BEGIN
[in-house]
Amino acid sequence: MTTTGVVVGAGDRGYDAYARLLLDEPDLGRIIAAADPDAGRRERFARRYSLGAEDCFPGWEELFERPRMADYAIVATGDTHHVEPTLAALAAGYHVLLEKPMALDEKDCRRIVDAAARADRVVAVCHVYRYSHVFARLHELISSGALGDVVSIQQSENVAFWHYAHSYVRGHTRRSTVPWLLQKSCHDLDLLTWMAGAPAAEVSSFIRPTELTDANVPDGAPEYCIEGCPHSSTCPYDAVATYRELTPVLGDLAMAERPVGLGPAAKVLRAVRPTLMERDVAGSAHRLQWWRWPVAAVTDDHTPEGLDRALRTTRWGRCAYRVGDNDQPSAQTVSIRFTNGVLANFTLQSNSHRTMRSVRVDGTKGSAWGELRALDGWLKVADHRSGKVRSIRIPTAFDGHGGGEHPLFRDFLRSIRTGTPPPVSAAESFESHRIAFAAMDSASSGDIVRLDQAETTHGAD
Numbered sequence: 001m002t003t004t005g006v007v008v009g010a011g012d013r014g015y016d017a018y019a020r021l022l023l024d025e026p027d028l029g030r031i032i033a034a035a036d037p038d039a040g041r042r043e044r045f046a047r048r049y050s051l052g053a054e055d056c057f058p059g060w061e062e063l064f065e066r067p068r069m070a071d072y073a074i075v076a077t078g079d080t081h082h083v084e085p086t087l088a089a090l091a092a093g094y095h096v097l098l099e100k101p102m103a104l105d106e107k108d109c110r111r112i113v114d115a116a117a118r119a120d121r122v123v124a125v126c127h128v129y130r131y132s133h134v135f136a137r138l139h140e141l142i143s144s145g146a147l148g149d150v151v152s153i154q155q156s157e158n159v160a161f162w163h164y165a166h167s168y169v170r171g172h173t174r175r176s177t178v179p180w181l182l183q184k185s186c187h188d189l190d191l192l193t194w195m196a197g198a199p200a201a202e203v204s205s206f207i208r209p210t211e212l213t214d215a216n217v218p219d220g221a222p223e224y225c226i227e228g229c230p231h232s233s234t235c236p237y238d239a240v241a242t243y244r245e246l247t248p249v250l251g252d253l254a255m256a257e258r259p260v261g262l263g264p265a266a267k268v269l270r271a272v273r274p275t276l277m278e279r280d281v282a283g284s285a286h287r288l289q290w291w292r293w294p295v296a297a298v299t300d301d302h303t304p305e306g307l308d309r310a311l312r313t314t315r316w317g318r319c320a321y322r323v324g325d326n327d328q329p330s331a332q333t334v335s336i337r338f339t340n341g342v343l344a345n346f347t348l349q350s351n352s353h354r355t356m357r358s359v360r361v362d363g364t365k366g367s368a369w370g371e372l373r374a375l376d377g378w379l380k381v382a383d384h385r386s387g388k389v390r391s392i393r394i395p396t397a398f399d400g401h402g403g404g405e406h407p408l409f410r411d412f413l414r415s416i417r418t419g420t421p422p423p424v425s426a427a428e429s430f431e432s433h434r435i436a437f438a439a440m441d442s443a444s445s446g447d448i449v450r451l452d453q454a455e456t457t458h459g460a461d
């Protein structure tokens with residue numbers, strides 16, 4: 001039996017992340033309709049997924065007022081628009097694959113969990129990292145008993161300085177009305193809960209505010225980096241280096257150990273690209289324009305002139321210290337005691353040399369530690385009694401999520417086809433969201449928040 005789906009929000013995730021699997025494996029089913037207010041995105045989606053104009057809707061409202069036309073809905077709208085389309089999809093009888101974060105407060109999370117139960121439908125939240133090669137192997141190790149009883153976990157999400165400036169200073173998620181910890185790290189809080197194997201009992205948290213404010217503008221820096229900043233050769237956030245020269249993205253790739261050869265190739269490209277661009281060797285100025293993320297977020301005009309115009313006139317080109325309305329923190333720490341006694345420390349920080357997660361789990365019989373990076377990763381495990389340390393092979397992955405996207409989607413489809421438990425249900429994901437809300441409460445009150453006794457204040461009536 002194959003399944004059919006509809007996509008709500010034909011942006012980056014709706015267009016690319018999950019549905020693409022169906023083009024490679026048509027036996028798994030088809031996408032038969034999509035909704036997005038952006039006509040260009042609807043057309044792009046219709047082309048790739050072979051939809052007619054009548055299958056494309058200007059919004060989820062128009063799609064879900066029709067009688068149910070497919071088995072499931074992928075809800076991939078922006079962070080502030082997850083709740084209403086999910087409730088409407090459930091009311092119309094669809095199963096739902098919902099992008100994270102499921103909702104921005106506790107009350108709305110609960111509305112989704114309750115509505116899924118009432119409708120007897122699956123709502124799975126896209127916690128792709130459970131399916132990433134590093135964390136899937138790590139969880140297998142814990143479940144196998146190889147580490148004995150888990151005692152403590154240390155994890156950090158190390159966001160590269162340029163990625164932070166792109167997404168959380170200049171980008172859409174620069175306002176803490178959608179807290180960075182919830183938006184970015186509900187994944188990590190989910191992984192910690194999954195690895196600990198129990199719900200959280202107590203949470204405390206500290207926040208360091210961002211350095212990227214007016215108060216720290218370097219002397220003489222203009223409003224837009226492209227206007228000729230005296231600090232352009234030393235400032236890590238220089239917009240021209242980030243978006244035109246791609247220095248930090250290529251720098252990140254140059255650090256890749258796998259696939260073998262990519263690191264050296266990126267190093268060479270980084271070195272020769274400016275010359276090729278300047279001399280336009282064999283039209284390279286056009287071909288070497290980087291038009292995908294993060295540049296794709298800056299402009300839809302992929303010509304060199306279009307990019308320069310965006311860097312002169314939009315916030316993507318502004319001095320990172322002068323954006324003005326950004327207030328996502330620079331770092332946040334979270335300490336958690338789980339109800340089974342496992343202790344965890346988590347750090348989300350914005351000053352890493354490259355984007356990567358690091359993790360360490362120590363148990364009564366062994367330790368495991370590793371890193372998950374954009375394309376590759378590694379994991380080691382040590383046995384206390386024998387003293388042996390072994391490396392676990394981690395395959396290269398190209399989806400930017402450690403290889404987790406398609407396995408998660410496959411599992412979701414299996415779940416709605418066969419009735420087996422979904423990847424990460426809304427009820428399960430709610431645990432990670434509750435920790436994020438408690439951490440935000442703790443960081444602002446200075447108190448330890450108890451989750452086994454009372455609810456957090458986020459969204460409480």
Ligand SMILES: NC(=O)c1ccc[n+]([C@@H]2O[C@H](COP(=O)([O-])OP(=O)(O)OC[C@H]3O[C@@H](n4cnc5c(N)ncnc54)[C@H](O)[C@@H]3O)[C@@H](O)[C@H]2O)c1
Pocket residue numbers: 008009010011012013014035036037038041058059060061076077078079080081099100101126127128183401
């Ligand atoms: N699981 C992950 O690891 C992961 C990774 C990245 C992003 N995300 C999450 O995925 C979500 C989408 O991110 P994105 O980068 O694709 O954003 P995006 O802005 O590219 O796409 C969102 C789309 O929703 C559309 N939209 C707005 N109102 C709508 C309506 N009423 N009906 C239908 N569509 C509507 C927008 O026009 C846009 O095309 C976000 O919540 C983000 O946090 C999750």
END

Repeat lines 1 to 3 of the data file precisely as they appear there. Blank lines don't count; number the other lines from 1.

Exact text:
[in-house]
Amino acid sequence: MTTTGVVVGAGDRGYDAYARLLLDEPDLGRIIAAADPDAGRRERFARRYSLGAEDCFPGWEELFERPRMADYAIVATGDTHHVEPTLAALAAGYHVLLEKPMALDEKDCRRIVDAAARADRVVAVCHVYRYSHVFARLHELISSGALGDVVSIQQSENVAFWHYAHSYVRGHTRRSTVPWLLQKSCHDLDLLTWMAGAPAAEVSSFIRPTELTDANVPDGAPEYCIEGCPHSSTCPYDAVATYRELTPVLGDLAMAERPVGLGPAAKVLRAVRPTLMERDVAGSAHRLQWWRWPVAAVTDDHTPEGLDRALRTTRWGRCAYRVGDNDQPSAQTVSIRFTNGVLANFTLQSNSHRTMRSVRVDGTKGSAWGELRALDGWLKVADHRSGKVRSIRIPTAFDGHGGGEHPLFRDFLRSIRTGTPPPVSAAESFESHRIAFAAMDSASSGDIVRLDQAETTHGAD
Numbered sequence: 001m002t003t004t005g006v007v008v009g010a011g012d013r014g015y016d017a018y019a020r021l022l023l024d025e026p027d028l029g030r031i032i033a034a035a036d037p038d039a040g041r042r043e044r045f046a047r048r049y050s051l052g053a054e055d056c057f058p059g060w061e062e063l064f065e066r067p068r069m070a071d072y073a074i075v076a077t078g079d080t081h082h083v084e085p086t087l088a089a090l091a092a093g094y095h096v097l098l099e100k101p102m103a104l105d106e107k108d109c110r111r112i113v114d115a116a117a118r119a120d121r122v123v124a125v126c127h128v129y130r131y132s133h134v135f136a137r138l139h140e141l142i143s144s145g146a147l148g149d150v151v152s153i154q155q156s157e158n159v160a161f162w163h164y165a166h167s168y169v170r171g172h173t174r175r176s177t178v179p180w181l182l183q184k185s186c187h188d189l190d191l192l193t194w195m196a197g198a199p200a201a202e203v204s205s206f207i208r209p210t211e212l213t214d215a216n217v218p219d220g221a222p223e224y225c226i227e228g229c230p231h232s233s234t235c236p237y238d239a240v241a242t243y244r245e246l247t248p249v250l251g252d253l254a255m256a257e258r259p260v261g262l263g264p265a266a267k268v269l270r271a272v273r274p275t276l277m278e279r280d281v282a283g284s285a286h287r288l289q290w291w292r293w294p295v296a297a298v299t300d301d302h303t304p305e306g307l308d309r310a311l312r313t314t315r316w317g318r319c320a321y322r323v324g325d326n327d328q329p330s331a332q333t334v335s336i337r338f339t340n341g342v343l344a345n346f347t348l349q350s351n352s353h354r355t356m357r358s359v360r361v362d363g364t365k366g367s368a369w370g371e372l373r374a375l376d377g378w379l380k381v382a383d384h385r386s387g388k389v390r391s392i393r394i395p396t397a398f399d400g401h402g403g404g405e406h407p408l409f410r411d412f413l414r415s416i417r418t419g420t421p422p423p424v425s426a427a428e429s430f431e432s433h434r435i436a437f438a439a440m441d442s443a444s445s446g447d448i449v450r451l452d453q454a455e456t457t458h459g460a461d